While going public is a busy and stressful time, it’s also an exciting opportunity for any company and its employees. Strengthening the impact of your communications strategy as you prepare to go public will help to defuse employee doubt and speculation, especially when it comes to their equity plans.
In this article, we discuss how to effectively use a communications strategy to manage complicated questions, and dispel any uncertainty in the lead up to an IPO.
5 IPO FAQs for Employees
In the face of change, employees will have questions. Lots of questions, so we compiled the 5 most frequently asked ones that will pop up in the lead up to an IPO.
Q: What does an IPO Mean for Employees?
You can start with the meaning of IPO – The company (still privately held) is about to launch an Initial Public Offering (IPO), selling shares on a stock exchange for the first time. Our IPO for beginners guide will help your employees understand this process more.
It’s also appropriate to highlight :
- Goal of it – raise capital for growth, plan for M&A, or pay off debt
- How do employees benefit from IPO?
- What to expect – more new employees, more product launches on the new journey.
- Any changes to the daily operations of different departments – Filing, communication and reporting procedures?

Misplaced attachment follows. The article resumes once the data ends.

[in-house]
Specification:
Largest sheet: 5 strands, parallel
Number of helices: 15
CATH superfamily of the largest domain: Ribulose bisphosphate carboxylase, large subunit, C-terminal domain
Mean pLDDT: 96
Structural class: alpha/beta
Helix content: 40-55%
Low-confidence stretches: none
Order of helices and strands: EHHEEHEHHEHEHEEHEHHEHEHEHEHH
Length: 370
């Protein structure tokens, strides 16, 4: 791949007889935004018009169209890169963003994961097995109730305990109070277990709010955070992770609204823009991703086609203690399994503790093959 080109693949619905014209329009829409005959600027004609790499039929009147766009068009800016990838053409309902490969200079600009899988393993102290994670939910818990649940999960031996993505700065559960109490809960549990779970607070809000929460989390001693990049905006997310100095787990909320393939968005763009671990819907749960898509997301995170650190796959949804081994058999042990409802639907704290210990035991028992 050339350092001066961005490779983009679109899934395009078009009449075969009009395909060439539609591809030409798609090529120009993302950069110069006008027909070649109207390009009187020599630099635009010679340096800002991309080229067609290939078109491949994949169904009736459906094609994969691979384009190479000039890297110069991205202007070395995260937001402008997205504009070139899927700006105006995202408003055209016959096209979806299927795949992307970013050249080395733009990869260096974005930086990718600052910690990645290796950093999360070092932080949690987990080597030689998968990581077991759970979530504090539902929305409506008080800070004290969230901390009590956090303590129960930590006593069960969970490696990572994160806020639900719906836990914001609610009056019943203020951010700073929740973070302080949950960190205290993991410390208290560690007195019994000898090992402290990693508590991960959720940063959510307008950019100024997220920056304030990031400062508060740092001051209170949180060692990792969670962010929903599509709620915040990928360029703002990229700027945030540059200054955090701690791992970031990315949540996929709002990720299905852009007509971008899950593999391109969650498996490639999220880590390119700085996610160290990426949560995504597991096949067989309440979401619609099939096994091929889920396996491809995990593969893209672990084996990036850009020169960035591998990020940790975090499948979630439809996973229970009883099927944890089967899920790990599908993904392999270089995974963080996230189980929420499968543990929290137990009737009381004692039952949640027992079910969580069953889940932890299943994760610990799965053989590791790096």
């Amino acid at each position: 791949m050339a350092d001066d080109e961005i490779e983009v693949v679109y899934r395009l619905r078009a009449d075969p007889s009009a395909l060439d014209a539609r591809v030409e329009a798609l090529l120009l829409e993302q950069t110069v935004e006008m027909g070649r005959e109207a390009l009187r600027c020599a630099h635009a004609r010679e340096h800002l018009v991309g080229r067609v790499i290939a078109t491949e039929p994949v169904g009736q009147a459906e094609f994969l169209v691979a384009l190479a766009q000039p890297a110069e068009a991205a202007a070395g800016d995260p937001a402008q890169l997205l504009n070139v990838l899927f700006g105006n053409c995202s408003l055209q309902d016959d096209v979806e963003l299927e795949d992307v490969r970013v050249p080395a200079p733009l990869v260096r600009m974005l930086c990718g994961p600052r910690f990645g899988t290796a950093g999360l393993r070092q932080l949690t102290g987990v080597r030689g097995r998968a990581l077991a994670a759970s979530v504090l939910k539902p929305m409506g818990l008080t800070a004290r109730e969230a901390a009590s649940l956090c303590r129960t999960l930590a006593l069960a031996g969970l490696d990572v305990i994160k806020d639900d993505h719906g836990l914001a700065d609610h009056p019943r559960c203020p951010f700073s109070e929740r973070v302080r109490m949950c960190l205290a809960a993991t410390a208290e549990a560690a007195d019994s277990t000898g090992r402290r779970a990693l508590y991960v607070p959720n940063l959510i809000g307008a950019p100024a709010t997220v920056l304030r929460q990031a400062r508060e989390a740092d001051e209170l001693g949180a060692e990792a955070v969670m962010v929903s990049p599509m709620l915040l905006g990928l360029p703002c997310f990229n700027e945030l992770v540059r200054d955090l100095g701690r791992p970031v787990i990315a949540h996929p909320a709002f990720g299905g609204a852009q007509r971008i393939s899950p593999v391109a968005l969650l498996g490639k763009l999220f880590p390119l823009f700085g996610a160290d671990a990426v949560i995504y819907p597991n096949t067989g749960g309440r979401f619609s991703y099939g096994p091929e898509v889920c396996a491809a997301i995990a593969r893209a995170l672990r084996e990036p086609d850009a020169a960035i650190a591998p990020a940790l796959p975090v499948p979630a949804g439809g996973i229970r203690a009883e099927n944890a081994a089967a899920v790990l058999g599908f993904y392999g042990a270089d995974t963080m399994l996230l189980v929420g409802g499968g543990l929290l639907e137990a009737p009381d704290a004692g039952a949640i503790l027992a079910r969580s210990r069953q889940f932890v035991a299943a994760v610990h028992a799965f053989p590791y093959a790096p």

Q: What will Happen to Our Pre-IPO Equity Compensation Plans?
As soon as your compensation plans are IPO ready, you should explain to employees how this will unfold in your company.
In the case of stock options, let your team know of any changes to their vested and unvested stock: Will the options continue to be theirs? Do vesting schedule and mechanics of exercising remain promised?
Remind them it’s worth comparing their strike price (or exercise price) and what their shares are now worth following an IPO – as this is likely to increase, meaning an increase in value for them.
Don’t forget to cover tax implications of selling stock. If not, it won’t be long before anxieties begin to rise and employees try searching online for answers.
Q: Can we Sell our Shares Right After IPO?
Company shareholders (very commonly) can’t sell their shares until a certain number of days, usually 90 to 180 days, after IPO. It is called a lock-up period as a way to help stabilize the stock’s price following the IPO.
If you have a lockup period, you should let your employees know.
Q: When Should we Sell?
There’s no one-size-fits-all solution to this question because there’s much to consider before selling your shares including tax implications and appetite for risk.
It’s important to strike a balance between turning paper profits into realized gains and participating in possible future upsides. The advice is it’s best to be prepared.
Q: What we Can and Can’t Say in Anticipation of IPO?
Once the IPO process has been initiated, rules and regulations kick in around what can and can’t be said in a public forum.
It might be difficult for all employees to understand every detail, so it may be best to encourage them to say as little as possible about the company to anyone outside the company when the IPO is ongoing.